South Africa – a broken nation, war torn for what seems to be forever. Waiting for the Barbarians is a story of moral differences and power. A story depicting the cruelty of humans upon others by the hand of power. The torture scenes are raw, leaving the reader disturbed. The prose both moving and powerful as only Coetzee pens.
“I wondered how much pain a plump comfortable old man would be able to endure in the name of his eccentric notions of how the Empire should conduct itself. But my torturers were not interested in degrees of pain. They were interested only in demonstrating to me what it meant to live in a body, as a body, a body which can entertain notions of justice only as long as it is whole and well, which very soon forgets them when its head is gripped and a pipe is pushed down its gullet and pints of salt water are poured into it till it coughs and retches and flails and voids itself.”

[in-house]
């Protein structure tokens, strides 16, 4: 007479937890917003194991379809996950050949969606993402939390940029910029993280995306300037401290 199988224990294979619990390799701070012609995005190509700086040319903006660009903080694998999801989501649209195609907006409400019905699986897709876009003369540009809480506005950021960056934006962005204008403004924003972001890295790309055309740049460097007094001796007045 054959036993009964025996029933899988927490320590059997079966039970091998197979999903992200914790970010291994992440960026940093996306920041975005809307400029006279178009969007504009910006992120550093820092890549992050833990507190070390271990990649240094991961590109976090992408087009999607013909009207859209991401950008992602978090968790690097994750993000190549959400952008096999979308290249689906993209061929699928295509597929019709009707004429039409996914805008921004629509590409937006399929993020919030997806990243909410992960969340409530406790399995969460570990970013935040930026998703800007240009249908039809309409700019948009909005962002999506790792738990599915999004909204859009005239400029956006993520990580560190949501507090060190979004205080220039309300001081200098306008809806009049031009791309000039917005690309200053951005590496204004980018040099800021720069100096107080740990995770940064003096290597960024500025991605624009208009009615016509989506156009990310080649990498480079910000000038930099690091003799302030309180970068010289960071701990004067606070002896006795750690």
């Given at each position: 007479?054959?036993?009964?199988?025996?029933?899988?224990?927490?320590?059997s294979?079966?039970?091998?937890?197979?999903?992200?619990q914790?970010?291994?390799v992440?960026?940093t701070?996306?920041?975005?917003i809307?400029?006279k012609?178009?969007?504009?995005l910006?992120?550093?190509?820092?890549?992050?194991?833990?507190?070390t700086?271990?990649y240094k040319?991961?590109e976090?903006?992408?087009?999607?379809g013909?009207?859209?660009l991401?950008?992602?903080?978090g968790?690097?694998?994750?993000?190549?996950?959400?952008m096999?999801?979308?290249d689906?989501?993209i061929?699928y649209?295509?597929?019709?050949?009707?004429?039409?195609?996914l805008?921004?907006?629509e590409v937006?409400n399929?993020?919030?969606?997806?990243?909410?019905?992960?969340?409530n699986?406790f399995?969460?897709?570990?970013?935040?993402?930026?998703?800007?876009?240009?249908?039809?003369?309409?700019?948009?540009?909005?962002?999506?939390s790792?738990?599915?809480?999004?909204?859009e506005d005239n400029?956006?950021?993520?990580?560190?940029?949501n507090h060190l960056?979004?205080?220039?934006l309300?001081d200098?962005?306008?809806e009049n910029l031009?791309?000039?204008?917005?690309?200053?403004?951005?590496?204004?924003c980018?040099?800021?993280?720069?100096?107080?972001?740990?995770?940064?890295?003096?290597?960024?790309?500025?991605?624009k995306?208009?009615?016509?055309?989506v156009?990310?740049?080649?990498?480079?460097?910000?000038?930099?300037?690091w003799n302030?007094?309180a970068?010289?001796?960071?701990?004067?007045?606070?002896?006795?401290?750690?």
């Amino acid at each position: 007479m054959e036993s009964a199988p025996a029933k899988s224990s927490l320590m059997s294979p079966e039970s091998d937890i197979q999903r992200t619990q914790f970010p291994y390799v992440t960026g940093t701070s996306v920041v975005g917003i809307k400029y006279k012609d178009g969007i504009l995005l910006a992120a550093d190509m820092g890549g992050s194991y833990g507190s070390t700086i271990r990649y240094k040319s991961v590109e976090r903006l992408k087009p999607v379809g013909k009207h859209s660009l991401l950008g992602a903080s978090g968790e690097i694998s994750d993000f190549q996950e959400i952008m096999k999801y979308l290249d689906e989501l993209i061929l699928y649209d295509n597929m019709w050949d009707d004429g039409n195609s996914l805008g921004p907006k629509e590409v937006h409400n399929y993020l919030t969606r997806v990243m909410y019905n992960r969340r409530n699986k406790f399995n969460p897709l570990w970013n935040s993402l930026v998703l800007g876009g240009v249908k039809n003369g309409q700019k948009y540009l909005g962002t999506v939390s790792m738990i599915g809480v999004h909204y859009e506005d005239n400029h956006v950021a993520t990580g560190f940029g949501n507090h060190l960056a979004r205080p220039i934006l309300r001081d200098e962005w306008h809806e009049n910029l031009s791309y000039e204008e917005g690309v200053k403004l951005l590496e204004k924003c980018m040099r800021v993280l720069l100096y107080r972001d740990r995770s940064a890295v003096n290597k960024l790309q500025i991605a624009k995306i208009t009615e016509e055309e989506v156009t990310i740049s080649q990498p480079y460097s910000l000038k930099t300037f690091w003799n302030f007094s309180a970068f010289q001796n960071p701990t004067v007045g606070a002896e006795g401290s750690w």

The story is poignant and deeply moving, Coetzee’s words leave you breathless. The characters so contrasting – an increasingly sympathetic magistrate and a sadistic, cruel colonial, and of course the barbarians the innocent. A story lingering with the reader for quite a while. Similar to Conrad’s Heart of Darkness – haunting, disturbing, memorable.
“Let it at least be said, if it ever comes to be said, if there is ever anyone in some remote future interested to know the way we lived, that in this farthest outpost of the Empire of light there existed one man who in his heart was not a barbarian.”
Published October 1st 1999 by Penguin Books (first published 1980)